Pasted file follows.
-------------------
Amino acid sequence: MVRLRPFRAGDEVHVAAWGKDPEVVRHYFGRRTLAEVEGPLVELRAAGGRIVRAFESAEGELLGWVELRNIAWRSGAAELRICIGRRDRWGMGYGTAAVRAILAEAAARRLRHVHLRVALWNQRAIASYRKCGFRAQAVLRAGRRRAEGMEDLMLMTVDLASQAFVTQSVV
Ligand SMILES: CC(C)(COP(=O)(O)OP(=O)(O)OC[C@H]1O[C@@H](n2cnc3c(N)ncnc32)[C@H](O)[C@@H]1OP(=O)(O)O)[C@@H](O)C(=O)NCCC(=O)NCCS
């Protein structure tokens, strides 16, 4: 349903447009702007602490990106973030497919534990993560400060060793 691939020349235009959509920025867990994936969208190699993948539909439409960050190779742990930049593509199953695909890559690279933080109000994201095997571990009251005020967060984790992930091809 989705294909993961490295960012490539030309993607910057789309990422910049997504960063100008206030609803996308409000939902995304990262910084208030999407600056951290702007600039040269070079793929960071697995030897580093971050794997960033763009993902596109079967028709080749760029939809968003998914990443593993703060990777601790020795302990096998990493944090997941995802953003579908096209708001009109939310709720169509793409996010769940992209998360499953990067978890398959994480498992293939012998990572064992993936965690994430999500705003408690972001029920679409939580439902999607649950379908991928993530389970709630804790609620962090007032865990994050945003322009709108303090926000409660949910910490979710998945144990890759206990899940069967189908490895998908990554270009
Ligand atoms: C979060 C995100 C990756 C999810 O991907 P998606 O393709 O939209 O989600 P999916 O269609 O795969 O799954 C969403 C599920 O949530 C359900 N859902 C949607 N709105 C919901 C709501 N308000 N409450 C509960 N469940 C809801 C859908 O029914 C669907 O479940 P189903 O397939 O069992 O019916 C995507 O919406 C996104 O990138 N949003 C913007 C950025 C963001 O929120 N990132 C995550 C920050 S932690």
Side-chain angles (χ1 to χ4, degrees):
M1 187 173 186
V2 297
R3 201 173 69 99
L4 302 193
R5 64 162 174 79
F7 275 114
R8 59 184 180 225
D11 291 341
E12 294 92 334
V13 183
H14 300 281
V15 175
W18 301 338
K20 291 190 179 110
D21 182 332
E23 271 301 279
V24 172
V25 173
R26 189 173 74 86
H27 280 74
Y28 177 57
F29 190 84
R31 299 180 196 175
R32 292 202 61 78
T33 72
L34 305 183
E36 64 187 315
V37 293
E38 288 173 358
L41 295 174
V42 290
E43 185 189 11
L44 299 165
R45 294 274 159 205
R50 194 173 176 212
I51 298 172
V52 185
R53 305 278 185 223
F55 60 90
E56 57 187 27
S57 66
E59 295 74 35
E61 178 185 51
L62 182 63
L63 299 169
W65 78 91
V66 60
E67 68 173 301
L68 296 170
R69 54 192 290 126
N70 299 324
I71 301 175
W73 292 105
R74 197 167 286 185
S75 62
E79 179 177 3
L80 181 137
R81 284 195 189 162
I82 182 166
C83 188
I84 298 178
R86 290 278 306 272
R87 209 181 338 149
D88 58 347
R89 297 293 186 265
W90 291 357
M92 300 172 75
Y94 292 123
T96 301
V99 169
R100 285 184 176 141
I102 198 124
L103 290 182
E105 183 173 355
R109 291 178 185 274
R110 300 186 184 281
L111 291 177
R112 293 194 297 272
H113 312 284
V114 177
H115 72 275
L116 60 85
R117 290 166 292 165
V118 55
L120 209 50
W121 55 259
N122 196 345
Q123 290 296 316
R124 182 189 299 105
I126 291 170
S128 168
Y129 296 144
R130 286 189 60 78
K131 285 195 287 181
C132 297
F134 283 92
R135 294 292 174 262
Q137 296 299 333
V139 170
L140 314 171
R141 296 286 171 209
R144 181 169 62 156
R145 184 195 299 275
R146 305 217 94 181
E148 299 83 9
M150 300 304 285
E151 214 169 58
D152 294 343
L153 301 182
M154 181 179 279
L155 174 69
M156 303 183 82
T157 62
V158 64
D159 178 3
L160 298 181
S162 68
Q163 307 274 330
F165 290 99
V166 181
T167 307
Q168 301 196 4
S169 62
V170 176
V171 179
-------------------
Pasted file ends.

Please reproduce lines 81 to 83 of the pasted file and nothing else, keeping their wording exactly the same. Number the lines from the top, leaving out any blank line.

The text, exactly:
R110 300 186 184 281
L111 291 177
R112 293 194 297 272